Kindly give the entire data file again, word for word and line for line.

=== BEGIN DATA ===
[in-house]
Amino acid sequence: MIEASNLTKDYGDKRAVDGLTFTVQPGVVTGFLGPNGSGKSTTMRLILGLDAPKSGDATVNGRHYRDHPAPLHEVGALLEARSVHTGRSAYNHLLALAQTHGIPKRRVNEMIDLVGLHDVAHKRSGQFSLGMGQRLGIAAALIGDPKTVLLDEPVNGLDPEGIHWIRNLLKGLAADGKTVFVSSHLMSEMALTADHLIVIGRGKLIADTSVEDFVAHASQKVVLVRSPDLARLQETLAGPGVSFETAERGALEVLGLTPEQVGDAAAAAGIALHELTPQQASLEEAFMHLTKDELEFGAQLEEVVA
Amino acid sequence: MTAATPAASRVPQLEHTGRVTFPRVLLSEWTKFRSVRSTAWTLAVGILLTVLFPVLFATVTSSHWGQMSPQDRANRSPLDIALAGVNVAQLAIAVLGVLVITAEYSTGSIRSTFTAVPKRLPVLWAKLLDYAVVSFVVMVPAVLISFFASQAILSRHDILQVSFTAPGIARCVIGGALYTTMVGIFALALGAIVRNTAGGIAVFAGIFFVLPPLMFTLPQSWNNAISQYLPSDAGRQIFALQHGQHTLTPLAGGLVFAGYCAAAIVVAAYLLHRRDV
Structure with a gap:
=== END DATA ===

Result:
[in-house]
Amino acid sequence: MIEASNLTKDYGDKRAVDGLTFTVQPGVVTGFLGPNGSGKSTTMRLILGLDAPKSGDATVNGRHYRDHPAPLHEVGALLEARSVHTGRSAYNHLLALAQTHGIPKRRVNEMIDLVGLHDVAHKRSGQFSLGMGQRLGIAAALIGDPKTVLLDEPVNGLDPEGIHWIRNLLKGLAADGKTVFVSSHLMSEMALTADHLIVIGRGKLIADTSVEDFVAHASQKVVLVRSPDLARLQETLAGPGVSFETAERGALEVLGLTPEQVGDAAAAAGIALHELTPQQASLEEAFMHLTKDELEFGAQLEEVVA
Amino acid sequence: MTAATPAASRVPQLEHTGRVTFPRVLLSEWTKFRSVRSTAWTLAVGILLTVLFPVLFATVTSSHWGQMSPQDRANRSPLDIALAGVNVAQLAIAVLGVLVITAEYSTGSIRSTFTAVPKRLPVLWAKLLDYAVVSFVVMVPAVLISFFASQAILSRHDILQVSFTAPGIARCVIGGALYTTMVGIFALALGAIVRNTAGGIAVFAGIFFVLPPLMFTLPQSWNNAISQYLPSDAGRQIFALQHGQHTLTPLAGGLVFAGYCAAAIVVAAYLLHRRDV
Structure with a gap: